Speculation suggests that the much larger doses of thiamine than are necessary to prevent Wernicke-Korsakoff syndrome may substantially enhance the activity of alpha-ketoglutarate dehydrogenase and so prevent a build up of glutamate and hence GABA in the cerebellum of the brain.

This hypothesis might account for the observation that large thiamine doses during alcoholic binges also tend to reduce nausea and dizziness during drinking as well as reducing or eliminating headaches and memory loss the next day.

Maybe someone who goes to a particularly cheap and nasty Chinese Takeaway that uses MSG could try taking thiamine when they eat it and let me know if they still get a headache or feel sick!


Taking a thiamine supplement and restoring at least a measure of water balance is all that is necessary to prevent Wernicke-Korsakoff syndrome, and much of the damage your brain would otherwise suffer. (Of course, you can't expect to soak your brain in a poison for decades and show no effects, but if you take adequate thiamine you'll probably have died of something else long before you notice too much mental deterioration!)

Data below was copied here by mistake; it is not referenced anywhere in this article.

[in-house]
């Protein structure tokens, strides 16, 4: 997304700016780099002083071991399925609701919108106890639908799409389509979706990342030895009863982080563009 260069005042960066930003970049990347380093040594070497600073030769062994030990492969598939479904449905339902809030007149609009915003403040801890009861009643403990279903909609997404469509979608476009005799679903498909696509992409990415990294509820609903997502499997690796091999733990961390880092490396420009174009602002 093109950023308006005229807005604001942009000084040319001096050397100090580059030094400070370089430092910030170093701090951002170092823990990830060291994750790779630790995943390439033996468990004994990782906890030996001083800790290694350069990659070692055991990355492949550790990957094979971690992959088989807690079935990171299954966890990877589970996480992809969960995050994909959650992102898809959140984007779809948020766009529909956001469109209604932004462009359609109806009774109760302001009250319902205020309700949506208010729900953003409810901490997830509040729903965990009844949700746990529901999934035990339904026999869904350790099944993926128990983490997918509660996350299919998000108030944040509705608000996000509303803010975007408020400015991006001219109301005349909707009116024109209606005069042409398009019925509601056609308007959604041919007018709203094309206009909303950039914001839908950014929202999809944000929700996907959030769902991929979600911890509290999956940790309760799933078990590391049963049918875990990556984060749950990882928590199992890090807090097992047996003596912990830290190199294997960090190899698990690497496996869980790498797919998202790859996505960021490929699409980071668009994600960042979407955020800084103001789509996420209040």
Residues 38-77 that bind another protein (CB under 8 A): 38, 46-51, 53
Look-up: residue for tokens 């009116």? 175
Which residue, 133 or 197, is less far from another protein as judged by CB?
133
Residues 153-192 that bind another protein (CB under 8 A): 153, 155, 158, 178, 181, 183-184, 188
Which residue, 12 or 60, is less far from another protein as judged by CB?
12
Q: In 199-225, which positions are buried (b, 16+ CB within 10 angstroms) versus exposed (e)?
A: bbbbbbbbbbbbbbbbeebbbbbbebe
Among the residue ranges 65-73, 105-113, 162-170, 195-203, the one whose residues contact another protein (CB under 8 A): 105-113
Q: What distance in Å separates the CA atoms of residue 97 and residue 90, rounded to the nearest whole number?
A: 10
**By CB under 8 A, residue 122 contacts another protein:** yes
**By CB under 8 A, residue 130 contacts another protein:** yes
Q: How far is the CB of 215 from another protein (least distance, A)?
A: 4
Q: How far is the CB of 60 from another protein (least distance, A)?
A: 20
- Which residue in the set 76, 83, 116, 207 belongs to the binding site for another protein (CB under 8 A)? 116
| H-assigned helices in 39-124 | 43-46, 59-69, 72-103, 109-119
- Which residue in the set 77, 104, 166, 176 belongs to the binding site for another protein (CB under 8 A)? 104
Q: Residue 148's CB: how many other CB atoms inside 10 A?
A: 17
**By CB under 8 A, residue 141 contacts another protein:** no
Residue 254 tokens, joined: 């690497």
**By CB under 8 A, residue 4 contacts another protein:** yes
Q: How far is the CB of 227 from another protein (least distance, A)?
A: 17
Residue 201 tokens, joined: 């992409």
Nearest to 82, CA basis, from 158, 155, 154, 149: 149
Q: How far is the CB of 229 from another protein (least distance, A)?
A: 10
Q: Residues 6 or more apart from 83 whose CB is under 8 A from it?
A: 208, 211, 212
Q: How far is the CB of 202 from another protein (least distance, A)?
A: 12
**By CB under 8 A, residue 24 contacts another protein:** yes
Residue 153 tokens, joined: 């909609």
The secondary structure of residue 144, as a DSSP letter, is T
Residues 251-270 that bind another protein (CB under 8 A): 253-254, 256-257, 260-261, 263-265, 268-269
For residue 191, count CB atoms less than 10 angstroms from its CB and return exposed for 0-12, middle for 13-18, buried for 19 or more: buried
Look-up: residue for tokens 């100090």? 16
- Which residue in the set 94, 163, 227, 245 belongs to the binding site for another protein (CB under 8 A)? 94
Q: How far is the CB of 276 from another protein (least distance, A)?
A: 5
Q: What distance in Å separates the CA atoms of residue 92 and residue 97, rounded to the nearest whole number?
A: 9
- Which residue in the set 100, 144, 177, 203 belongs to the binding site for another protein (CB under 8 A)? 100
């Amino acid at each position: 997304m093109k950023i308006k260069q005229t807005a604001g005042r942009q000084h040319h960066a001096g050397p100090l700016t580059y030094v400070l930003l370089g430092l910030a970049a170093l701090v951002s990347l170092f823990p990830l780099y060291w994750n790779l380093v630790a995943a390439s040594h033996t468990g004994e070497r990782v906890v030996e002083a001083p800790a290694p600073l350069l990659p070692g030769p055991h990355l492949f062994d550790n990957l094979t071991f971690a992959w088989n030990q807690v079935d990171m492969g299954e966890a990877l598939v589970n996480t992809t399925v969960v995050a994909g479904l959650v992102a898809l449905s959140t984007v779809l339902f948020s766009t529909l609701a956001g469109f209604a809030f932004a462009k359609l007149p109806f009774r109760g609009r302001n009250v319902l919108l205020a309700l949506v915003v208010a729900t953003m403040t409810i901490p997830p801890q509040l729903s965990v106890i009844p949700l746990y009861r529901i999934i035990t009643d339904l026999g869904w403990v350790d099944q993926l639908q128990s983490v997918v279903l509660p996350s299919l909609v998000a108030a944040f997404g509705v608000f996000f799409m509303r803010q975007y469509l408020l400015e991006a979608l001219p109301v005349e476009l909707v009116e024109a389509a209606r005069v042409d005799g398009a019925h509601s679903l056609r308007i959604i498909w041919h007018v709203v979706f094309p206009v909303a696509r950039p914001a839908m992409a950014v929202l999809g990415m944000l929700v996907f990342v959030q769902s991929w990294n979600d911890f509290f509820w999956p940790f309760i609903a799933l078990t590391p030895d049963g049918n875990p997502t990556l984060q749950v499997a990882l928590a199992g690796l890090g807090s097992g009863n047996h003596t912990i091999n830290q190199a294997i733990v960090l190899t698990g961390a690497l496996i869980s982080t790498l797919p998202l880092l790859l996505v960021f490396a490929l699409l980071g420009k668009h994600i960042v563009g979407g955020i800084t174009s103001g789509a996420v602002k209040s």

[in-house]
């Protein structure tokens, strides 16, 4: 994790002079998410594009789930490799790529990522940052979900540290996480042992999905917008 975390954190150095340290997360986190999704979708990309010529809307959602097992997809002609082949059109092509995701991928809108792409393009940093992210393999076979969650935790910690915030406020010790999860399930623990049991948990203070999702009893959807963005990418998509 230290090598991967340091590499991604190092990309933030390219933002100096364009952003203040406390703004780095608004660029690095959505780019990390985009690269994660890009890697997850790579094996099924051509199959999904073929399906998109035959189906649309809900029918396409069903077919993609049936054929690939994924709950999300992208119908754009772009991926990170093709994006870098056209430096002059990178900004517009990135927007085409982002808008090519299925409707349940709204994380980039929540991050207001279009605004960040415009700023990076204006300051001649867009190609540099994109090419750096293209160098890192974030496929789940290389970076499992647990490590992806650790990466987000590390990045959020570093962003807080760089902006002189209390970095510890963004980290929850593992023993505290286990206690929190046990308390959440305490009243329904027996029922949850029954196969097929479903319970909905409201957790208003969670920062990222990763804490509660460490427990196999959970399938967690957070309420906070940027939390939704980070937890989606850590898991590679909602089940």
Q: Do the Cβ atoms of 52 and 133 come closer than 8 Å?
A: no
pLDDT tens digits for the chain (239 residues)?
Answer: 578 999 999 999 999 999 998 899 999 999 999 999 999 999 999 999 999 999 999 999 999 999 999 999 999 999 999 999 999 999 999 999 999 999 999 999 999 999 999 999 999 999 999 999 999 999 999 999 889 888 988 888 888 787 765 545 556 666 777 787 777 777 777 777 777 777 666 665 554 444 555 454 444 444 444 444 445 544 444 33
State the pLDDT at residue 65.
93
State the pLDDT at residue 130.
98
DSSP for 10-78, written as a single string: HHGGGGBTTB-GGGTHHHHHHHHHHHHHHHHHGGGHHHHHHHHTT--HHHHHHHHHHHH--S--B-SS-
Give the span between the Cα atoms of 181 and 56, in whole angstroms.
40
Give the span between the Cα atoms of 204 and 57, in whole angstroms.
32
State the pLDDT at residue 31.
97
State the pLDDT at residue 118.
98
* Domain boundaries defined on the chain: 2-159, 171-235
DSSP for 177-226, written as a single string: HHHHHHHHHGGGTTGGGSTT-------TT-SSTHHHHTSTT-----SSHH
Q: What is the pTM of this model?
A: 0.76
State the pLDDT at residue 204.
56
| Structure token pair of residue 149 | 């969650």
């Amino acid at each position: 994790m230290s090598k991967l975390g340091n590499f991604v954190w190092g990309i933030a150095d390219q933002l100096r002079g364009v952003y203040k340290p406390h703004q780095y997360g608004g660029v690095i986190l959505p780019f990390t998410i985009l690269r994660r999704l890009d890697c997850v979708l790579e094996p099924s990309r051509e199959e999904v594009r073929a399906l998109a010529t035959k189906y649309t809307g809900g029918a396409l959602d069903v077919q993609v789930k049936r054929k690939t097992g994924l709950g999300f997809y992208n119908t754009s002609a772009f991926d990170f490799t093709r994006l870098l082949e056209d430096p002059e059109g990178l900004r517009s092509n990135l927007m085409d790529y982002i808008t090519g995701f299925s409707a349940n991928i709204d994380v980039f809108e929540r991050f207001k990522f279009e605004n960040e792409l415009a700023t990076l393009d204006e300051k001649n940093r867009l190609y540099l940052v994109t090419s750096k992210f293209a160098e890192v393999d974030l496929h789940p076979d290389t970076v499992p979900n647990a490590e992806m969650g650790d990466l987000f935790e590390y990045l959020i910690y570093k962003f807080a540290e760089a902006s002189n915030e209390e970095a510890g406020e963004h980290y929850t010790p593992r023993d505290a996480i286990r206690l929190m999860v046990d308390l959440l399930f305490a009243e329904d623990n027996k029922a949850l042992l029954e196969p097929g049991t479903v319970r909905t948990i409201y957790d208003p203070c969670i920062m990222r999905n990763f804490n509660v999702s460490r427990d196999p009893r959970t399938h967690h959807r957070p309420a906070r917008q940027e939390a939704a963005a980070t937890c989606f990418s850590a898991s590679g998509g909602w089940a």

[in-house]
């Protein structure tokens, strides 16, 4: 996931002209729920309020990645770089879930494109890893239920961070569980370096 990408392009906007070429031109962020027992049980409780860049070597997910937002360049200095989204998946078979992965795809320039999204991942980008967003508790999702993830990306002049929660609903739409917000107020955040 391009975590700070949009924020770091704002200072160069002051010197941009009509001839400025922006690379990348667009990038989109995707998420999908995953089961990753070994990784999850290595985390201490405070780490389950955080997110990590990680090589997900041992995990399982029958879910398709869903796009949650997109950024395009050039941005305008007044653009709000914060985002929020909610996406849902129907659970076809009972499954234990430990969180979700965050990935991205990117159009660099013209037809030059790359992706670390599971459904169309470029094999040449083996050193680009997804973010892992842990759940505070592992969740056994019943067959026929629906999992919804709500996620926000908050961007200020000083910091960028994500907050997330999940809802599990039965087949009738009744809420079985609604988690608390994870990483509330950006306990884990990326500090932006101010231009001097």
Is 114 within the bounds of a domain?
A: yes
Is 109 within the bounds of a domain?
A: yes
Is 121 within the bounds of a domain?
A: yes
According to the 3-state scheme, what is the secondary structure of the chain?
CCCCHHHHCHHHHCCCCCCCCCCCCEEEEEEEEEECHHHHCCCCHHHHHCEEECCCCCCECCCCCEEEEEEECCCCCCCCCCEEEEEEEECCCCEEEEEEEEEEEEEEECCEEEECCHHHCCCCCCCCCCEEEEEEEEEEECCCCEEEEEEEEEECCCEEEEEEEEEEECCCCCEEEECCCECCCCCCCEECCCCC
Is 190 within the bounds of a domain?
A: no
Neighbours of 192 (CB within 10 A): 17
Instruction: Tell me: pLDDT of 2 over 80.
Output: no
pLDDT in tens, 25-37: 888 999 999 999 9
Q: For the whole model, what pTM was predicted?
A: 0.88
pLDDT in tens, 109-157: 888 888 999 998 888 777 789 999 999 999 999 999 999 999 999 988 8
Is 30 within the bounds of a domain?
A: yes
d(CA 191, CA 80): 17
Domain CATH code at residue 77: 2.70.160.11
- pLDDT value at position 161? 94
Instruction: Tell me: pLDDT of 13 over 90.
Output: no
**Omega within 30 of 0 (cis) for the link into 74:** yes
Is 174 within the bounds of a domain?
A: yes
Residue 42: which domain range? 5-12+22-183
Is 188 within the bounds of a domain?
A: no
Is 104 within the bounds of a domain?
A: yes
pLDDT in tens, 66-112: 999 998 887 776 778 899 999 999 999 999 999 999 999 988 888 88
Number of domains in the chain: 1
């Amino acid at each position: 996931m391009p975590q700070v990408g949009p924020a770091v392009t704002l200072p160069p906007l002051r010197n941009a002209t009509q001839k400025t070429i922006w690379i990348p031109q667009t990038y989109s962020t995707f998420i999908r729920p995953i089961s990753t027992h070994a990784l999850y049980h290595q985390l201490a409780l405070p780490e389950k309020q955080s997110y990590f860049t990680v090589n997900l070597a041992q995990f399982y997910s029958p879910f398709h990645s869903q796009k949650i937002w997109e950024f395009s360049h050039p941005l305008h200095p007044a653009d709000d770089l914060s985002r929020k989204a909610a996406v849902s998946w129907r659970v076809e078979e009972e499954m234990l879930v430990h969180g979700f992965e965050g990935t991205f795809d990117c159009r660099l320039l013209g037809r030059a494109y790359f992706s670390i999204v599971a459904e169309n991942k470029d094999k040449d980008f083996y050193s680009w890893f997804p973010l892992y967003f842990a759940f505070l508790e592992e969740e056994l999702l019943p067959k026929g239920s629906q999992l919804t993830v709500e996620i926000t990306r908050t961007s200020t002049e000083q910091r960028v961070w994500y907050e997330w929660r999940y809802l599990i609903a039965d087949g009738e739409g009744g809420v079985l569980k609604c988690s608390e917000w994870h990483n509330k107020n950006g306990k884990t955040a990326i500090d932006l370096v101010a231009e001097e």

Not surprisingly, all volunteers from studies conducted also report that taking sufficient thiamine will either substantially reduce or eliminate hangovers.


First, eat well. Combine a hearty mixture of the five food groups with special emphasis on wholemeal bread and brown rice. Lunch before an expected binge should also include vegemite or other yeast extract. Whilst drinking try to eat party/bar snacks containing cereals or eat "beer nuts" (it's those salty red husks that seem to go everywhere that contain most of the thiamine!) Second, try to take a thiamine tablet 40-60 minutes before the first drink (alcohol reduces thiamine absorption and besides, you may throw up later!) However, thiamine tablets anytime during the evening with food are OK. Third, before you go to bed, drink at least two large glasses of water and take another to bed with you, (along with a bucket if you are unfamiliar with your alcohol capacity.)

If you have any doubts about your thiamine intake, take another tablet at this point, (God knows, they're cheaper than a brain transplant!)

Finally, the next day during the recovery, try to restore your overall vitamin levels with a general multivitamin supplement which should include riboflavin (Vit B2, from green leafy vegetables or wheat germ) and special attention to that tasty favourite, wholemeal bread. For the truly dedicated sozzler, another tablet of thiamine may also be appropriate at this point.